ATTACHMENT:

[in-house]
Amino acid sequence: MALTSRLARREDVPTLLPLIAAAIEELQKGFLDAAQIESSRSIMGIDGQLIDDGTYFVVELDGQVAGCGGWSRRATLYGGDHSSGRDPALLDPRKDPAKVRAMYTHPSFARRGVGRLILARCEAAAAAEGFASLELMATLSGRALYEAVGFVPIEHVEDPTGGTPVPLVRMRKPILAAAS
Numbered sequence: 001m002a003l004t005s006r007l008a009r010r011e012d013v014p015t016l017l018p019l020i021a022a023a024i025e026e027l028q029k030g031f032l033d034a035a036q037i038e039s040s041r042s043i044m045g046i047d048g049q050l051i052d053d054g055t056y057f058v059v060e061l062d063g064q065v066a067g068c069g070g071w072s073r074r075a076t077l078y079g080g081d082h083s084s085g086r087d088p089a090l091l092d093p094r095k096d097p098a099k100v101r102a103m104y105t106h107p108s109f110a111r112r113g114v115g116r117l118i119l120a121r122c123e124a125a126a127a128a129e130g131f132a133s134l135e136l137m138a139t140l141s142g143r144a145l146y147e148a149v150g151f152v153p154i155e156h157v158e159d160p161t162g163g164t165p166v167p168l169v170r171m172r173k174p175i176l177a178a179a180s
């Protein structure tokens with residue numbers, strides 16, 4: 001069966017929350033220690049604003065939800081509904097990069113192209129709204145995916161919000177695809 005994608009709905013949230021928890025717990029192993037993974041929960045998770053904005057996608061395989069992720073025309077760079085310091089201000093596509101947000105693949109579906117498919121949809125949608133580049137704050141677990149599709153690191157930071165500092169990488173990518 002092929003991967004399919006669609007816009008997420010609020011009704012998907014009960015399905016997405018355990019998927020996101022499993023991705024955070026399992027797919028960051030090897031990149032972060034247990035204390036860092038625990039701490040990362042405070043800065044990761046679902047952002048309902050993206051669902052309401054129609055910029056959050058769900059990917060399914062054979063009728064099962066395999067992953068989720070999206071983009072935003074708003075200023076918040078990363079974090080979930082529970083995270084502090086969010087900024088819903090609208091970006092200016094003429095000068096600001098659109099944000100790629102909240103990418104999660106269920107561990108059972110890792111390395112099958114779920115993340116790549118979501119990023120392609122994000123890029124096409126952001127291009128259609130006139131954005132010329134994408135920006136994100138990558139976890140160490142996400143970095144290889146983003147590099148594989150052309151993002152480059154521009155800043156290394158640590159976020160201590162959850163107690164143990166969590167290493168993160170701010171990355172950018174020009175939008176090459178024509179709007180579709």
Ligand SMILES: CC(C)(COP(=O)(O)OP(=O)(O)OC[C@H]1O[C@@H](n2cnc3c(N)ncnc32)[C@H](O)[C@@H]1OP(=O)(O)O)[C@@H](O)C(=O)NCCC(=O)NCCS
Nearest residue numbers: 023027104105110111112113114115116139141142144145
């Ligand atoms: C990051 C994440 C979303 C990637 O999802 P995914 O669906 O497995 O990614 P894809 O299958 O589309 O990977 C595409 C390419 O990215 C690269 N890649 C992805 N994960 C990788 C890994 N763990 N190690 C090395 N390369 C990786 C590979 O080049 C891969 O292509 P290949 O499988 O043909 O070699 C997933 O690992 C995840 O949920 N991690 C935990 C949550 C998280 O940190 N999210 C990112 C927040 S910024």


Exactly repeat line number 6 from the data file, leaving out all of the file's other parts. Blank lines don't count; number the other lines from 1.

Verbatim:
Nearest residue numbers: 023027104105110111112113114115116139141142144145